kNOw MORE and R.O.A.R.

 

Don't be a bystander, R.O.A.R- Reach Out and Respond...

Oh and while ya-at-it get engaged with some exciting events being held to fight against sexual violence:

"Don't be a Zebra," scheduled Sept. 10, from 6 – 8 p.m. in the Student Union Theater and will focus on how to intervene in sexual violence how not to be a bystander.

"Take the Pledge" on Sept. 11. From 9 a.m. to 2 p.m. in the Student Union, students will have the opportunity to make a pledge against sexual violence.

"Rape Aggression Defense Class (RAD),"  UPD presents on Sept. 13 and 14. The two-day class is open to women only and free to Southeastern students and employees. The Saturday hours are 9 a.m. to 4 p.m., while Sunday hours are 12 to 5 p.m. 

Learn how you can kNOw MORE!

Consent Pic
It's Friday night, and so far, things have been pretty dull. Most of your friends went home, there's not too much going on around campus, and to top it all off, you've seen everything that you possibly could want to see on Netflix. So you decide that you'll just watch TV. Your roommates walk in, and they say they're heading out to the bar to "party hard". They ask if you have plans. You've never been around your roommates when they were drunk before, and you don't really drink either, so you're a little uncomfortable. But you agree to go despite feeling uneasy because you have nothing better to do.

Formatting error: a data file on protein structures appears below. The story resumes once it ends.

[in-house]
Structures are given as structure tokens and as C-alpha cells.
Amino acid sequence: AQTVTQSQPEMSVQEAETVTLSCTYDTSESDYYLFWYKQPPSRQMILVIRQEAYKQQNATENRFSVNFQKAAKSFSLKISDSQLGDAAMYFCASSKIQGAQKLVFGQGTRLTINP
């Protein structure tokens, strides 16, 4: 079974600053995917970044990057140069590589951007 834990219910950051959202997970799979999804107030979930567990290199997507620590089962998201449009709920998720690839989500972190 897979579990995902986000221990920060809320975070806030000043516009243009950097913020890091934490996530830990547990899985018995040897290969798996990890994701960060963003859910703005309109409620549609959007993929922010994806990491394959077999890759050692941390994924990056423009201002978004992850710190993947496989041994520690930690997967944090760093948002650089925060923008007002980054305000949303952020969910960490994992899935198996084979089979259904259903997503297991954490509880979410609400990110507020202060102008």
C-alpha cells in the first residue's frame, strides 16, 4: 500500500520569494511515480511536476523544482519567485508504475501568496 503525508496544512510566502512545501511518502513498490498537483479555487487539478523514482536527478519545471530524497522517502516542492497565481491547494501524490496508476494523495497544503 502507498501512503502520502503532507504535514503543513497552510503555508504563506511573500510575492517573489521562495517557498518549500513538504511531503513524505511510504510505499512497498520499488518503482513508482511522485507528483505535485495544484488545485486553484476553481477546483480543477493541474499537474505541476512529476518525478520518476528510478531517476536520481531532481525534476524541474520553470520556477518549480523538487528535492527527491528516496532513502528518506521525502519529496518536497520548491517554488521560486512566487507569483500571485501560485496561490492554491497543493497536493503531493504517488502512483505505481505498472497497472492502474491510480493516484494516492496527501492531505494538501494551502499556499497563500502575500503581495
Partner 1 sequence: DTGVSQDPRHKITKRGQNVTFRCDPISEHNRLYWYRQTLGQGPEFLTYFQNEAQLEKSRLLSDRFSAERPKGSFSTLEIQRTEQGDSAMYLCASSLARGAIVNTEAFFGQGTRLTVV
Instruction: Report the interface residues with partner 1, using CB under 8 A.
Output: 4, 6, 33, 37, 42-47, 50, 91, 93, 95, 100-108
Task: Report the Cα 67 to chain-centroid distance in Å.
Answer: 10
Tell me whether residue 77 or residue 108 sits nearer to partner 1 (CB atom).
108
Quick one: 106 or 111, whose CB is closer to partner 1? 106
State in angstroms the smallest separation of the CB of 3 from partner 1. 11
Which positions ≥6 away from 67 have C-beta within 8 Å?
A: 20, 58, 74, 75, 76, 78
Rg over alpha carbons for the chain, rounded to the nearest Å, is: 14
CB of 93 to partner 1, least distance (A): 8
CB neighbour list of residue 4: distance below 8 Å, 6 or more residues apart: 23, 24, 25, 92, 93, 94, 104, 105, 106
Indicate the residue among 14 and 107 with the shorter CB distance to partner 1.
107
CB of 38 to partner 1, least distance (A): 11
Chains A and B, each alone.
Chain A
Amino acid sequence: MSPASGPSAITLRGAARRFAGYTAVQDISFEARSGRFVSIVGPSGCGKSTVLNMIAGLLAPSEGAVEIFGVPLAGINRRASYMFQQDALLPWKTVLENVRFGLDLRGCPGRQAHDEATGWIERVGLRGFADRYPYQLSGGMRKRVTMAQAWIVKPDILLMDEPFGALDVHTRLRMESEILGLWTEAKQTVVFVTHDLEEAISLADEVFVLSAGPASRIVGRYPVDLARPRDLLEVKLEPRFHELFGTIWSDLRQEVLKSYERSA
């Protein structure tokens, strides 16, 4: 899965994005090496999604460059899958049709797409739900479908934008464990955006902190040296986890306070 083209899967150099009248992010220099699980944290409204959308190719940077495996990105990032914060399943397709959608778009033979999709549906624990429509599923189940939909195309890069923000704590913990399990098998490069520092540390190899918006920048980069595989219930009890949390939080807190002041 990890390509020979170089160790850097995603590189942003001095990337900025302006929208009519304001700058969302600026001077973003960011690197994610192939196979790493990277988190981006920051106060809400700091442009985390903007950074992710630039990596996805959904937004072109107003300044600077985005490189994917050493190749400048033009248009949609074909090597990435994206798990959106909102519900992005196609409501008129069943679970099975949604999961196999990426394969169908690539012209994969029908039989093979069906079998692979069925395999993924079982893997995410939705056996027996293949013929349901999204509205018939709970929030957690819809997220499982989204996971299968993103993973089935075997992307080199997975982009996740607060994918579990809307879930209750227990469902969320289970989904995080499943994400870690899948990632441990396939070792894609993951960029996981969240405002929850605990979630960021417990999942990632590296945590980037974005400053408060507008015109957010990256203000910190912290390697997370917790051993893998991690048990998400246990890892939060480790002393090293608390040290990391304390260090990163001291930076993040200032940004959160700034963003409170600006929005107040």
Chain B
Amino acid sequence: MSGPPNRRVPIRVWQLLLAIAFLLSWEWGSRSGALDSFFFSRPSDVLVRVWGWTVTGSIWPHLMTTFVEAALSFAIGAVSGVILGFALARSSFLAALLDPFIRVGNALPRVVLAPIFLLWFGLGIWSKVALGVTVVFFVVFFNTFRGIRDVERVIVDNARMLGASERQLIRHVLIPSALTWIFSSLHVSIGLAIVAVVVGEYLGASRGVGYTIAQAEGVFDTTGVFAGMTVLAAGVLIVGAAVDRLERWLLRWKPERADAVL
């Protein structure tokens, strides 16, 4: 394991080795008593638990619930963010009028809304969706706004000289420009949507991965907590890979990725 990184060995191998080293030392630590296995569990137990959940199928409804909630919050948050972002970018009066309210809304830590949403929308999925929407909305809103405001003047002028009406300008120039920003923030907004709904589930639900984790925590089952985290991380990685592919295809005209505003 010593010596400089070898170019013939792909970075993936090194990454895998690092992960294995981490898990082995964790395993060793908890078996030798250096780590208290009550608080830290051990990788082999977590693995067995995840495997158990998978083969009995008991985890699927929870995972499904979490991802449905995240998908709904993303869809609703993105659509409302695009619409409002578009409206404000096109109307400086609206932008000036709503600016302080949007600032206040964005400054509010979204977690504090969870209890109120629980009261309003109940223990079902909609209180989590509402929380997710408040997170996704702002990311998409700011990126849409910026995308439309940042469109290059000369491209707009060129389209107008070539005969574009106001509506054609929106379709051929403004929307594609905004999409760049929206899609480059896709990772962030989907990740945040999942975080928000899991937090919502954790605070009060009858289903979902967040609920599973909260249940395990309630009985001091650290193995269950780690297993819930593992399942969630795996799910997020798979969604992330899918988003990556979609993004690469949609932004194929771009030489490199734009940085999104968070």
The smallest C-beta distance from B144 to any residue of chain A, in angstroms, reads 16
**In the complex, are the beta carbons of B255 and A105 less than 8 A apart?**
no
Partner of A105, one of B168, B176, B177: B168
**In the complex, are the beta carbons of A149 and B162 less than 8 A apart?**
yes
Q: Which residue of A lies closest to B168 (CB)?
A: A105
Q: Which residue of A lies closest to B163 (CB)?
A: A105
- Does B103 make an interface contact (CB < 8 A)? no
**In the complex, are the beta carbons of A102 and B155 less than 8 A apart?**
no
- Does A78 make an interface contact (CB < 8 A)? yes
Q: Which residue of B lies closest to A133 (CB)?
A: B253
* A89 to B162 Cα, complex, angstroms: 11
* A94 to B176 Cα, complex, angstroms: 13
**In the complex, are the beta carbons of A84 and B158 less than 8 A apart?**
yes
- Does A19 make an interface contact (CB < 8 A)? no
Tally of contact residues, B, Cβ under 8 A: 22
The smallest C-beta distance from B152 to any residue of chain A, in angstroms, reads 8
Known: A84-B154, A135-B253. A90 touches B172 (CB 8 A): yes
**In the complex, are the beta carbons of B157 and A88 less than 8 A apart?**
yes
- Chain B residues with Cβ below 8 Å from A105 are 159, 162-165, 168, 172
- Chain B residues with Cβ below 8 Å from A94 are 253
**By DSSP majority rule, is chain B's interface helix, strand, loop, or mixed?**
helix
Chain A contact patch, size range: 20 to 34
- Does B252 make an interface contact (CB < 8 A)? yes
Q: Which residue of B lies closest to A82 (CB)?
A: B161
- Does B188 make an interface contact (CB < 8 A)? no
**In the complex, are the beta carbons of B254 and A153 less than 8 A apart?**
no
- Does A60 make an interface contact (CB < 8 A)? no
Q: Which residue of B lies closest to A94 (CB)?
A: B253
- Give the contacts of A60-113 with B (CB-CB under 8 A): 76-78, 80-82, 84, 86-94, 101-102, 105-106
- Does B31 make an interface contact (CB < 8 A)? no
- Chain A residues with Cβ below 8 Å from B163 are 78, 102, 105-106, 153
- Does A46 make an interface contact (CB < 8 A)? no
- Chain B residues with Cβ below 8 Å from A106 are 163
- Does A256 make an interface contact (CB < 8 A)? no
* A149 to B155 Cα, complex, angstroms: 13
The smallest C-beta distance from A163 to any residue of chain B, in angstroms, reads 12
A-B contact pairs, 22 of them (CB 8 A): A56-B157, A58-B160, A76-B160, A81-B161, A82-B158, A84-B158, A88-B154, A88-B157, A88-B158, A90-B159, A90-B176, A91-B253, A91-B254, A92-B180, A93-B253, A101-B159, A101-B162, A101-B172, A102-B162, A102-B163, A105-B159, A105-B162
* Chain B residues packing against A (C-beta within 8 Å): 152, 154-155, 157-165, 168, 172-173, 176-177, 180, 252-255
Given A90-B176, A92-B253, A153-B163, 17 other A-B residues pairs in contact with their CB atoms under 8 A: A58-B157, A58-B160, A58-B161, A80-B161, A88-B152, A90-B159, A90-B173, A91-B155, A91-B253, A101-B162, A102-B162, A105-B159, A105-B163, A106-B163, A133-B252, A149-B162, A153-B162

After a few hours at the bar, your roommates are drunk and you're feeling a little tipsy yourself. You figure that you should go home because it's getting late. On your way out, you run into your crush that you've been dying to talk to, and decide that you'll stick around to be with them. You think to yourself, "A few more drinks wouldn't hurt." Everything after that is a little hazy...

One of your roommates calls you the next morning. You realize that you're not in your room, but someone else's. They start telling you that you went home with somebody that you met at the bar last night, and you start to remember that things apparently got physical fast. Your crush took advantage of you. You didn't want any of this to happen...you're upset...and you wish that it could all just go away.
 

Stories above are not uncommon in today's University setting.

 

According to the National Sexual Violence Resource Center1,  here are a few statistics to think about:

  • An estimated 20-25% of students experience sexual assault in college. That is approximately 1 in 4 persons. Estimated by reports only...it could be even higher.1

  • 90% know the person who assault them.1

  • 3-6% of those assaulted are male.1

 To prevent situations from turning out negatively, it is important to understand a few key elements of the above story- Consent and Respect.

 

What is consent?

Sexual activity requires consent, which is defined as voluntary, positive agreement between the participants to engage in specific sexual activity.2 

 Communicating Consent

  1. Consent to sexual activity can be communicated in a variety of ways, but one should presume that consent has not been given in the absence of clear, positive agreement.2